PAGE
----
One of several management practices that fosters this culture is “the 15 percent rule” where people spend 15% of their week on individual creative pursuits without penalty. Moreover, it’s a profitable practice: 30% of 3M’s profits come from products that are less than four years old at any given time.

Innovation Audit
Below are 12 components critical to a thriving innovative culture. How is your company doing?

  • Playfulness: Is it OK to play and brainstorm?
  • Fun: Is organic fun part of the culture? Or is it “fun by MBO?”
  • Attitude: Are people happy? Positive people can withstand setbacks in order to innovate.
  • Humor: Is humor appropriate? Inappropriate (or lack of) humor kills morale and openness.
  • Risk-taking: Is risk-taking encouraged? Are ideas – rather than people – blamed for failure?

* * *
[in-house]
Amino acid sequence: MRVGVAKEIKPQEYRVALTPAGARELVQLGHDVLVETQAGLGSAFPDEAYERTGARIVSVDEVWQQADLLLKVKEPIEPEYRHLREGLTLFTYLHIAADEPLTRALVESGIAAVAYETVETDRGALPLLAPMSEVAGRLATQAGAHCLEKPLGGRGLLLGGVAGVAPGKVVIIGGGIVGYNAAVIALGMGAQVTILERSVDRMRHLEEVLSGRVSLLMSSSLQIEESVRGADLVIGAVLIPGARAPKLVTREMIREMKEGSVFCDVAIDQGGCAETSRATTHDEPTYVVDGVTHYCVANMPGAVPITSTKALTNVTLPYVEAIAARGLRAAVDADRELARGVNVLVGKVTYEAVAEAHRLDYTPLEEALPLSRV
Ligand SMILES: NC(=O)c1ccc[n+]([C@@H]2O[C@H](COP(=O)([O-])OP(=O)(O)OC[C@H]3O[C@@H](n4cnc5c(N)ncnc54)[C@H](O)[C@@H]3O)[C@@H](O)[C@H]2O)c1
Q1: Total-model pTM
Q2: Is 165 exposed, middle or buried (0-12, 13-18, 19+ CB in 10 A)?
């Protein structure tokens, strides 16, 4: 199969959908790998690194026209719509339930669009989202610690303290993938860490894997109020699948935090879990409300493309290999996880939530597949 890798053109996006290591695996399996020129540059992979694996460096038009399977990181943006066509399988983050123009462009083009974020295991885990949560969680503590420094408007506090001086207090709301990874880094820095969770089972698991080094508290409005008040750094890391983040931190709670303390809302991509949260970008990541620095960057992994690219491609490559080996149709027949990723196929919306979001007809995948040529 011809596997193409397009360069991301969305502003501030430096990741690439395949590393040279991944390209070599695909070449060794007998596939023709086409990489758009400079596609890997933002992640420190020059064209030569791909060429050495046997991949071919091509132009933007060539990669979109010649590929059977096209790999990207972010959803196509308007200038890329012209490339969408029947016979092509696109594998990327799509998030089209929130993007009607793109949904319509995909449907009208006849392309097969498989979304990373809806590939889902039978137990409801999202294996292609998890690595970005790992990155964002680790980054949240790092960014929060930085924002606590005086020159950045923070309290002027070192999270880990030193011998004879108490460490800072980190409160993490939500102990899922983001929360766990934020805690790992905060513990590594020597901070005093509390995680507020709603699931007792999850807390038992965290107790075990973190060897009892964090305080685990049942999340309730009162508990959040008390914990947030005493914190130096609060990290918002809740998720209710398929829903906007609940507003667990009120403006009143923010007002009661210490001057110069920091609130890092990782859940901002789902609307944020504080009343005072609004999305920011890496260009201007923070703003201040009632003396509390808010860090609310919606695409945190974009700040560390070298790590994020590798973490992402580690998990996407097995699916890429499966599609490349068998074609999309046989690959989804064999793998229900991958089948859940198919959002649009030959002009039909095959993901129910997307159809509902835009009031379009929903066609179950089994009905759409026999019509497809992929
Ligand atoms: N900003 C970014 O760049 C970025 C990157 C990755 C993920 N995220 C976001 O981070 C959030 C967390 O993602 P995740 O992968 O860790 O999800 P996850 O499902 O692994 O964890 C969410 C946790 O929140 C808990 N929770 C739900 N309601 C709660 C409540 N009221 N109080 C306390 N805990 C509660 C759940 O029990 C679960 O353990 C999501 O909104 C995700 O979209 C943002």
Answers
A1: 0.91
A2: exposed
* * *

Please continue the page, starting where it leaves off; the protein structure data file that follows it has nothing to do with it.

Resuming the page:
• Autonomy: Do employees have some autonomy in how they do their jobs?
  • Trust: Does the environment foster interpersonal trust or competition for scarce resources?
  • Rewards and compensation: Are people rewarded based on company goals, team goals or individual objectives? Is reward simply monetary or more challenging work?
  • Commitment: Do people sense real corporate commitment to employees’ personal growth?
  • Congruence: Do executives live the behavior extolled on coffee mugs and t-shirts?
  • Conflict: How is conflict managed during disagreements? Does it get personal?
  • Resources: Does the company support and fund great ideas no matter where they originate?

Now What?
There are things that bosses and employees can do to regenerate their play muscles. And while some methods require little effort to implement, they do require commitment from executives and employees.